Vaccination prevents the spread of infectious diseases. Vaccination for influenza is recommended for young children, pregnant women, persons with certain chronic medical conditions, and adults aged 50 years or older.1 In 2006, nearly 40 percent of women aged 55–64 years and 64.6 percent of women aged 65 years and older reported receiving a flu vaccine in the past year; this varied, however, by race and ethnicity. Non-Hispanic White women were more likely than women of other races and ethnicities to have received the flu vaccine; 41.6 percent of 55- to 64-year-olds and 67.3 percent of those aged 65 years and older did so. Fewer than 48 percent of non-Hispanic Black and Hispanic women aged 65 years and older received the flu vaccine.
Pneumonia vaccine is recommended for adults aged 65 years and older and for people with certain health conditions. In 2006, 60.0 percent of women aged 65 and older reported ever receiving the vaccine. In this age group, Non-Hispanic White women were most likely to have ever received the pneumonia vaccine (64.0 percent), compared to 34.4 percent of Hispanic women and 42.2 percent of non-Hispanic Black women.
Hepatitis B vaccine is recommended to reduce the spread of hepatitis B, which may result in cirrhosis of the liver, liver cancer, liver failure, and even death.2 Hepatitis B vaccination also varied by race/ethnicity and age. Younger women were most likely to have received at least one of the three recommended doses, and non-Hispanic White and non-Hispanic Black women in every age group were more likely than Hispanic women to have received the vaccine.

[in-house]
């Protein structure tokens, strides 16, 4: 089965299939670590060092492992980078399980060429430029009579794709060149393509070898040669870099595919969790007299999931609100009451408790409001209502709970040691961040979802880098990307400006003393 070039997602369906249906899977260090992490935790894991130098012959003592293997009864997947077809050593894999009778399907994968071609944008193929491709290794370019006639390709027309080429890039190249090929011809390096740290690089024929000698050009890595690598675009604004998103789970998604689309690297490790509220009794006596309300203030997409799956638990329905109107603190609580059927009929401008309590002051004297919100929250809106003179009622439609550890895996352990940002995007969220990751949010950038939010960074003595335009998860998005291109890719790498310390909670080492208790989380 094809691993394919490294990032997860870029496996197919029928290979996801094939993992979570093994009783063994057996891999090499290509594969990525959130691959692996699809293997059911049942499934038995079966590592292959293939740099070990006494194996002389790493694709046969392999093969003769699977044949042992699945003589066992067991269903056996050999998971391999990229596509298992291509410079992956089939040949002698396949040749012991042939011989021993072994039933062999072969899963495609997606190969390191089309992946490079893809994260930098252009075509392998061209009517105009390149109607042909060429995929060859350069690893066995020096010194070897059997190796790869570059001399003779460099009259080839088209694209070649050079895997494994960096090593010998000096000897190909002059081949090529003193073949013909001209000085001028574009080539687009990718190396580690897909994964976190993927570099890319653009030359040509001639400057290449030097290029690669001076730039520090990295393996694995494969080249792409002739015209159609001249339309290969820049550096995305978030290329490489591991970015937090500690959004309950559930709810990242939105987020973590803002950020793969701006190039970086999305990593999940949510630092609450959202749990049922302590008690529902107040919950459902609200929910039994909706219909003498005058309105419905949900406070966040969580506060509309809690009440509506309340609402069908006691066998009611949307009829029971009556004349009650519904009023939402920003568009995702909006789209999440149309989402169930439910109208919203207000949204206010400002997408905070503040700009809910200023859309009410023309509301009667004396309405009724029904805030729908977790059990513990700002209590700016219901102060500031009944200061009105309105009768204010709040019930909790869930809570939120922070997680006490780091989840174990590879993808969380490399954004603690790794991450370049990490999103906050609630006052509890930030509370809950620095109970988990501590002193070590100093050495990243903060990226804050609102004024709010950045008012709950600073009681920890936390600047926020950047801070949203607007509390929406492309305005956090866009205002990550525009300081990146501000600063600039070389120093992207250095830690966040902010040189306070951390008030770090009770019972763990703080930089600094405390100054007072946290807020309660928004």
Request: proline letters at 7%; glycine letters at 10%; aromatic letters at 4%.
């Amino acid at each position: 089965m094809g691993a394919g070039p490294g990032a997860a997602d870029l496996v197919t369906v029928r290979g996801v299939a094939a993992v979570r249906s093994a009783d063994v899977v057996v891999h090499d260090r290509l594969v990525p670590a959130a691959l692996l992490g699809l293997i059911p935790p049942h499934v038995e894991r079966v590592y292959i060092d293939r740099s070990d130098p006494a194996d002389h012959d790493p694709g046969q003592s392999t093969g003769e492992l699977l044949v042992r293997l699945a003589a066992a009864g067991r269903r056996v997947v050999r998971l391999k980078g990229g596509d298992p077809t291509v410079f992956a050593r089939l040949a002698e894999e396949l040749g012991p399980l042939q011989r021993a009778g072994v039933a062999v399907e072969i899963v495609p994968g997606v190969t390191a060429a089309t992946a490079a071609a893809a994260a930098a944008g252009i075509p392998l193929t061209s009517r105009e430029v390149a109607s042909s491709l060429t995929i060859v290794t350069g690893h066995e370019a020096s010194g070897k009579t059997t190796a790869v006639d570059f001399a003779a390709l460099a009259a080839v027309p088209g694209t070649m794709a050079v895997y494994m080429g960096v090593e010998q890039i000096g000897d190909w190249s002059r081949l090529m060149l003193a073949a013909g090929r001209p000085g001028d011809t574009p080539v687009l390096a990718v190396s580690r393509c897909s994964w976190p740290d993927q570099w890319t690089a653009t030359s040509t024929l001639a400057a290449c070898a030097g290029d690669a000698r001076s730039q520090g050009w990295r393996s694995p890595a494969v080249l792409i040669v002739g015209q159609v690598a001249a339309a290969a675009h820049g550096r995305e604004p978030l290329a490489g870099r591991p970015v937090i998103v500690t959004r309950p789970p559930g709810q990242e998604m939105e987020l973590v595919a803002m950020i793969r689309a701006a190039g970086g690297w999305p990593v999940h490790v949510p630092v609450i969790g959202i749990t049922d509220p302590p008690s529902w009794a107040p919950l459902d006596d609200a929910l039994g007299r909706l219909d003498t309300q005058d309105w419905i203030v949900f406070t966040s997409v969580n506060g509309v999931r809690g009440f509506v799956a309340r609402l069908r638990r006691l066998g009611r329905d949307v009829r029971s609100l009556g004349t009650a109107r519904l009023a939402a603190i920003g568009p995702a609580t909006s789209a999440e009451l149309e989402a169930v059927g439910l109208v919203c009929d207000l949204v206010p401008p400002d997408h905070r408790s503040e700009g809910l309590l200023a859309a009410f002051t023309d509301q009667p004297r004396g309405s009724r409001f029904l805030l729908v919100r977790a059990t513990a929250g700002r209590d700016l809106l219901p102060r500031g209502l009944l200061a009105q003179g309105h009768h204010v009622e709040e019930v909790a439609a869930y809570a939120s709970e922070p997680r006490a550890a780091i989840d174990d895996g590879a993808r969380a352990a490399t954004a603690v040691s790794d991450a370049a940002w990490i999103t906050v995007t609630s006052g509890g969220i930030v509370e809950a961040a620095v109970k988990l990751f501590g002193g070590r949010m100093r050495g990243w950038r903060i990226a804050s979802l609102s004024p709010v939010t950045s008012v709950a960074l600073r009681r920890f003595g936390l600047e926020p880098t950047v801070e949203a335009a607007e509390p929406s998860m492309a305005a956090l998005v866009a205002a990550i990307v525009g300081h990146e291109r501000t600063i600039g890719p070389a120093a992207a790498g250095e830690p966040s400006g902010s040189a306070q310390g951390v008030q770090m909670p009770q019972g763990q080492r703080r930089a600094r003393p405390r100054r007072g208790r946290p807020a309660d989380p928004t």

Genital human papillomavirus (HPV) can cause cervical cancer and other diseases in women. In 2006, the HPV vaccine was recommended for adolescent females and young women aged 9–26 years;3 since 2006, 10 percent of women aged 18–26 years have been vaccinated for HPV (data not shown).4
1 Centers for Disease Control and Prevention. Prevention and Control of Influenza: Recommendations of the Advisory Committee on Immunization Practices (ACIP). MMWR, July 28, 2006: 55(RR10); 1-42. http://www.cdc.gov/MMWR/, accessed 01/16/08.↑
2 Centers for Disease Control and Prevention. A Comprehensive Immunization Strategy to Eliminate Transmission of Hepatitis B Virus Infection in the United States. MMWR, Dec 8, 2006: 55(RR16); 1-25. http://www.cdc.gov/MMWR/, accessed 01/16/08.↑
3 Centers for Disease Control and Prevention. Sexually Transmitted Diseases: HPV and HPV Vaccine – Information for Healthcare Providers. Aug 2006. http://www.cdc.gov/std/hpv/default.htm, accessed 01/16/08.↑
4 Fox, Maggie. “Too few US adults get their shots, survey shows.” Reuters. January 23, 2008 [online] http://www.reuters.com/ article/idUSN23640678, accessed 01/24/08.↑